Jamaica — Global Prices Impacting Local Economy

The increase in the price of oil on the world market to US$90 per barrel has significantly impacted the cost of goods on the local market.

This was revealed by Minister without Portfolio in the Office of the Prime Minister (OPM) with responsibility for Information, Hon. Robert Morgan, while responding to questions at Wednesday’s (February 9) virtual post-Cabinet press briefing.

The Minister said a few months ago the price of oil was US$60 per barrel, and Government is very concerned about the escalating prices globally, which are impacting prices locally.

He said the Prime Minister, the Most Hon. Andrew Holness, members of the Cabinet and the Ministry of Finance and the Public Service, have taken keen notice of what is happening globally and the impact on the cost of living in Jamaica.

“There are many factors operating on the local economy and causing inflation to… [rise]. We are an island; we do not produce hydrocarbons, so we have to import… . The global trade system has been disrupted and there are other associated costs and speculation… that have led to an increase in prices generally,” he explained.

Mr. Morgan emphasized that the issue of rising costs is being discussed within the Government at the highest level, led by the Prime Minister, and there are “constant discussions about what to do to assist local consumers to deal with, what is to some extent, an unprecedented period in our global markets that is impacting them”.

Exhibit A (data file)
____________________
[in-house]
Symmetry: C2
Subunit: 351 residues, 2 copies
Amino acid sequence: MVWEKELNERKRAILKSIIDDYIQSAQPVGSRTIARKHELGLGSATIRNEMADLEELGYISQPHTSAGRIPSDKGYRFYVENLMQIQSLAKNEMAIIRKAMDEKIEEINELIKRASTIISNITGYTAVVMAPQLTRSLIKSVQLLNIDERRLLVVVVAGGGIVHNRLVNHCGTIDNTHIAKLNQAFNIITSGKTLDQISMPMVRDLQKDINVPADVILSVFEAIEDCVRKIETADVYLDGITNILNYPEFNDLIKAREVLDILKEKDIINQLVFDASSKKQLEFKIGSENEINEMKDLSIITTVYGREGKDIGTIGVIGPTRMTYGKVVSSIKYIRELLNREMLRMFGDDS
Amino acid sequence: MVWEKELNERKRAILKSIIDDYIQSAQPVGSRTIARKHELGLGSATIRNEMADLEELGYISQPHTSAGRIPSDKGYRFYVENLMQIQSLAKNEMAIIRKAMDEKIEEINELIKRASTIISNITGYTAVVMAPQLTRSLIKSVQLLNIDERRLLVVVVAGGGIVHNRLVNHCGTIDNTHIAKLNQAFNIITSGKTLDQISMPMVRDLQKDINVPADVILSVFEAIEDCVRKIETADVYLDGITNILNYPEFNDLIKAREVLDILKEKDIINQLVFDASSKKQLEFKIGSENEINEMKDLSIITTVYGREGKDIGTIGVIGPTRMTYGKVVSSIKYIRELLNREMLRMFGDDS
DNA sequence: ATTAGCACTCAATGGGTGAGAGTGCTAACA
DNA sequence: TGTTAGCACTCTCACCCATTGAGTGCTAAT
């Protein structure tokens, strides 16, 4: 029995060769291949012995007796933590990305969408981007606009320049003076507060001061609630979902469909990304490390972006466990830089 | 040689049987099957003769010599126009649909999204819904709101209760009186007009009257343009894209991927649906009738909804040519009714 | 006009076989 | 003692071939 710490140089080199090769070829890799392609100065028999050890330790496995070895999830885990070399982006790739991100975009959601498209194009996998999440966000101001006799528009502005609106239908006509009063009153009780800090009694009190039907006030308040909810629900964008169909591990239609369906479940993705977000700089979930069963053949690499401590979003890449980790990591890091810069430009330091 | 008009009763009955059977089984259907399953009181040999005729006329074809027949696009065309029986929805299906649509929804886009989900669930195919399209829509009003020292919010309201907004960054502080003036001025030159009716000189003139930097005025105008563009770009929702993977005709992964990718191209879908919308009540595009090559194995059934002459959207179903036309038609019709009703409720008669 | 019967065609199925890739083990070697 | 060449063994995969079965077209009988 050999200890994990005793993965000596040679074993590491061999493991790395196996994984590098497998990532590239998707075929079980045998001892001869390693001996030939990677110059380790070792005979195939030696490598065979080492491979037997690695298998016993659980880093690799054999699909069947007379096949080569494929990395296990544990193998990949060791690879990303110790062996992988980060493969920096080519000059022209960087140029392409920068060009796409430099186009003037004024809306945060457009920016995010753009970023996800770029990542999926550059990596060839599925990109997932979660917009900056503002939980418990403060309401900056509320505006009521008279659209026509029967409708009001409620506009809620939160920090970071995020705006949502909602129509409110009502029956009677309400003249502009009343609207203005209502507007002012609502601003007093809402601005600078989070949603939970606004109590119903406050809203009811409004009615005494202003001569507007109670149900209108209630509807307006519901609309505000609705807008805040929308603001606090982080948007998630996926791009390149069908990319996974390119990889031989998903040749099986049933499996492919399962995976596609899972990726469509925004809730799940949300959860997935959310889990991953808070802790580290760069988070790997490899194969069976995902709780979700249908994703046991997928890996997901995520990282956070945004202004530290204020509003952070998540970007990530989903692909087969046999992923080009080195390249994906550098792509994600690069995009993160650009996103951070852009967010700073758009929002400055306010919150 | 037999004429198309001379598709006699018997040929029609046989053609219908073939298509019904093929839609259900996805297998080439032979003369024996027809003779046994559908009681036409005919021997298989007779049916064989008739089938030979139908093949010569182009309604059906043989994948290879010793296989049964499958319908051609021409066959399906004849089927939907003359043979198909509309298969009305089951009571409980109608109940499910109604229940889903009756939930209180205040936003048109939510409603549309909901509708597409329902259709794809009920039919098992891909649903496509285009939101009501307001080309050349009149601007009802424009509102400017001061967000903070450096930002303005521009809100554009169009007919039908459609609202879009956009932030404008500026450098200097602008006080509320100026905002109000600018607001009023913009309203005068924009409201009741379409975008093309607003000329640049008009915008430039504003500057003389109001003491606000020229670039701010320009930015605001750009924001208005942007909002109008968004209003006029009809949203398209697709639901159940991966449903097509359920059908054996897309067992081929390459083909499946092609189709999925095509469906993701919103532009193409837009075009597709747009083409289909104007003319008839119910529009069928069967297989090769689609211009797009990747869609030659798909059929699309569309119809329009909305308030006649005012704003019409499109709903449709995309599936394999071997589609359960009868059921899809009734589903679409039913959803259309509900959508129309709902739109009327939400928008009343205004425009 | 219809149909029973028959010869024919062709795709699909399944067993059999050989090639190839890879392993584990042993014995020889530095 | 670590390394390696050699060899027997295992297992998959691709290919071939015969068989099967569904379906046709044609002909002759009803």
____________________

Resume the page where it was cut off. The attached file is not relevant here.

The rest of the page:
He noted that in recent weeks, the Prime Minister, the Minister of Finance and the Public Service, Dr. the Hon. Nigel Clarke, and the Minister of Agriculture and Fisheries, Hon. Pearnel Charles Jr., have been highlighting issues such as rising chicken prices, increased bank fees, and the impact that floods have had on farmers, which may also lead to increases in prices at the local markets.

In relation to taxation on gas and commodities, Minister Morgan explained that there are several revenue measures associated with petroleum, “so there is no homogenous gas tax”. He intimated that a discussion would take place within the Ministry of Finance and the Public Service concerning taxes on commodities in general, as that Ministry is where tax policy is executed.

“The Minister of Finance is probably the most competent person to pronounce on government tax policy,” he said.

Source — JIS

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Edited by Jesus Chan

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